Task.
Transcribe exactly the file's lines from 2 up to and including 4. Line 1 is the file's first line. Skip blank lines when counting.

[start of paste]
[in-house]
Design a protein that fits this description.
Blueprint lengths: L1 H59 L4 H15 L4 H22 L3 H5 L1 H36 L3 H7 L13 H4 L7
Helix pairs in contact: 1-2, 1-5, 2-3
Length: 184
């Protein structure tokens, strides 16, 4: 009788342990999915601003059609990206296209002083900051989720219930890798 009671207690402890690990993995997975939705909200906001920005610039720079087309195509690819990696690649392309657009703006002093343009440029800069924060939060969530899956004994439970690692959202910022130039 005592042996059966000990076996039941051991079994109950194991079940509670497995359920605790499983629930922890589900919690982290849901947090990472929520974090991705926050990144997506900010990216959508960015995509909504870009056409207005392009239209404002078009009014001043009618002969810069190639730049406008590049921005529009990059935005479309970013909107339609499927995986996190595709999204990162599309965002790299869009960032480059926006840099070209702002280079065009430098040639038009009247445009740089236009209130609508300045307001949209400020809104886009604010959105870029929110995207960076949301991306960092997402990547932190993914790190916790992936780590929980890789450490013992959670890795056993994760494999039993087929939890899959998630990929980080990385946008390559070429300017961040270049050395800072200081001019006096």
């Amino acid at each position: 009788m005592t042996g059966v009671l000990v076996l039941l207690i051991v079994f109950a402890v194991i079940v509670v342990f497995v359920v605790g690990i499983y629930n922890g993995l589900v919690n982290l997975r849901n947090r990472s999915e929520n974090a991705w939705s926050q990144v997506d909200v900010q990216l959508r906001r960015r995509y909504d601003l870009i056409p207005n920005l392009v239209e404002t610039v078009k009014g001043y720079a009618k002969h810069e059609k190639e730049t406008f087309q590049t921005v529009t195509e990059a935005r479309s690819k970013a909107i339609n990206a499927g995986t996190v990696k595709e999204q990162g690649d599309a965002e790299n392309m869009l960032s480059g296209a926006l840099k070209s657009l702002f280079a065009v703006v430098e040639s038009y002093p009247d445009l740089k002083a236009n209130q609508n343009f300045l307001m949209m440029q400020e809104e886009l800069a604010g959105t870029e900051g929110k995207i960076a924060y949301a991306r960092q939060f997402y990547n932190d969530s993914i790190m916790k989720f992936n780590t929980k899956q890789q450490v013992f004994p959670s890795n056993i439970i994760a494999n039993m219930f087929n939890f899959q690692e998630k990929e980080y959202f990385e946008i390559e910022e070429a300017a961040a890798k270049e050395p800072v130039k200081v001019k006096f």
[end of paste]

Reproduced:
Design a protein that fits this description.
Blueprint lengths: L1 H59 L4 H15 L4 H22 L3 H5 L1 H36 L3 H7 L13 H4 L7
Helix pairs in contact: 1-2, 1-5, 2-3